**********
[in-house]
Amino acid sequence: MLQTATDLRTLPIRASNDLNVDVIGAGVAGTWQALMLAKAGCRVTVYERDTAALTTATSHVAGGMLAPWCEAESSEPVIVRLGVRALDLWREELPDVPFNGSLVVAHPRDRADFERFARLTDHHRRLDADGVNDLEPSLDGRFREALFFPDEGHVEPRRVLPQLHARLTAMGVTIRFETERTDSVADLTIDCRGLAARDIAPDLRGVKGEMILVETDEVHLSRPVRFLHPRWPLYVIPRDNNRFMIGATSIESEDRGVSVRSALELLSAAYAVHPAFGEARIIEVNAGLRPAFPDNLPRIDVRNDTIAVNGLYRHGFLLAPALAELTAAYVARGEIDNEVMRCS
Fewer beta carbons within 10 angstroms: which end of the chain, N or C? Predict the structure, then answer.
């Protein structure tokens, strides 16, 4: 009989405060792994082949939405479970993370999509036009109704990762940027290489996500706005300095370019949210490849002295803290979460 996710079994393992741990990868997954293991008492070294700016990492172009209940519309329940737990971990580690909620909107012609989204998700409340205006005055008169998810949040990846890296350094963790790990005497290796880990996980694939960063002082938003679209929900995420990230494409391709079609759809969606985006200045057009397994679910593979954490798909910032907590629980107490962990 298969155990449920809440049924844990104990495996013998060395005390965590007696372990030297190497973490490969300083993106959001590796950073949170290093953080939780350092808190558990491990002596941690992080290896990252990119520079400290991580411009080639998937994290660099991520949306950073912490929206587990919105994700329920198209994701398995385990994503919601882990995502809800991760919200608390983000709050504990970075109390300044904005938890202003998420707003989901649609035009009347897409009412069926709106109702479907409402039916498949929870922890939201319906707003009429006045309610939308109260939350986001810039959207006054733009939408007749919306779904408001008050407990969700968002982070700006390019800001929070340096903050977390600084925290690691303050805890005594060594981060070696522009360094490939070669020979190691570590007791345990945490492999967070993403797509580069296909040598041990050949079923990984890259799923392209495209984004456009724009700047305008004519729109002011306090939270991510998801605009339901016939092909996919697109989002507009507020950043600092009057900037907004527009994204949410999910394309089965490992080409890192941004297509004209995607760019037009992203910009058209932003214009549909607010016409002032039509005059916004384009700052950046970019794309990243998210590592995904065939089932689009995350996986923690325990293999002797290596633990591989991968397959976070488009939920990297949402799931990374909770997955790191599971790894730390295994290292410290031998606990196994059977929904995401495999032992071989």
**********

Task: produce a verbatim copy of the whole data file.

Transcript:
[in-house]
Amino acid sequence: MLQTATDLRTLPIRASNDLNVDVIGAGVAGTWQALMLAKAGCRVTVYERDTAALTTATSHVAGGMLAPWCEAESSEPVIVRLGVRALDLWREELPDVPFNGSLVVAHPRDRADFERFARLTDHHRRLDADGVNDLEPSLDGRFREALFFPDEGHVEPRRVLPQLHARLTAMGVTIRFETERTDSVADLTIDCRGLAARDIAPDLRGVKGEMILVETDEVHLSRPVRFLHPRWPLYVIPRDNNRFMIGATSIESEDRGVSVRSALELLSAAYAVHPAFGEARIIEVNAGLRPAFPDNLPRIDVRNDTIAVNGLYRHGFLLAPALAELTAAYVARGEIDNEVMRCS
Fewer beta carbons within 10 angstroms: which end of the chain, N or C? Predict the structure, then answer.
């Protein structure tokens, strides 16, 4: 009989405060792994082949939405479970993370999509036009109704990762940027290489996500706005300095370019949210490849002295803290979460 996710079994393992741990990868997954293991008492070294700016990492172009209940519309329940737990971990580690909620909107012609989204998700409340205006005055008169998810949040990846890296350094963790790990005497290796880990996980694939960063002082938003679209929900995420990230494409391709079609759809969606985006200045057009397994679910593979954490798909910032907590629980107490962990 298969155990449920809440049924844990104990495996013998060395005390965590007696372990030297190497973490490969300083993106959001590796950073949170290093953080939780350092808190558990491990002596941690992080290896990252990119520079400290991580411009080639998937994290660099991520949306950073912490929206587990919105994700329920198209994701398995385990994503919601882990995502809800991760919200608390983000709050504990970075109390300044904005938890202003998420707003989901649609035009009347897409009412069926709106109702479907409402039916498949929870922890939201319906707003009429006045309610939308109260939350986001810039959207006054733009939408007749919306779904408001008050407990969700968002982070700006390019800001929070340096903050977390600084925290690691303050805890005594060594981060070696522009360094490939070669020979190691570590007791345990945490492999967070993403797509580069296909040598041990050949079923990984890259799923392209495209984004456009724009700047305008004519729109002011306090939270991510998801605009339901016939092909996919697109989002507009507020950043600092009057900037907004527009994204949410999910394309089965490992080409890192941004297509004209995607760019037009992203910009058209932003214009549909607010016409002032039509005059916004384009700052950046970019794309990243998210590592995904065939089932689009995350996986923690325990293999002797290596633990591989991968397959976070488009939920990297949402799931990374909770997955790191599971790894730390295994290292410290031998606990196994059977929904995401495999032992071989």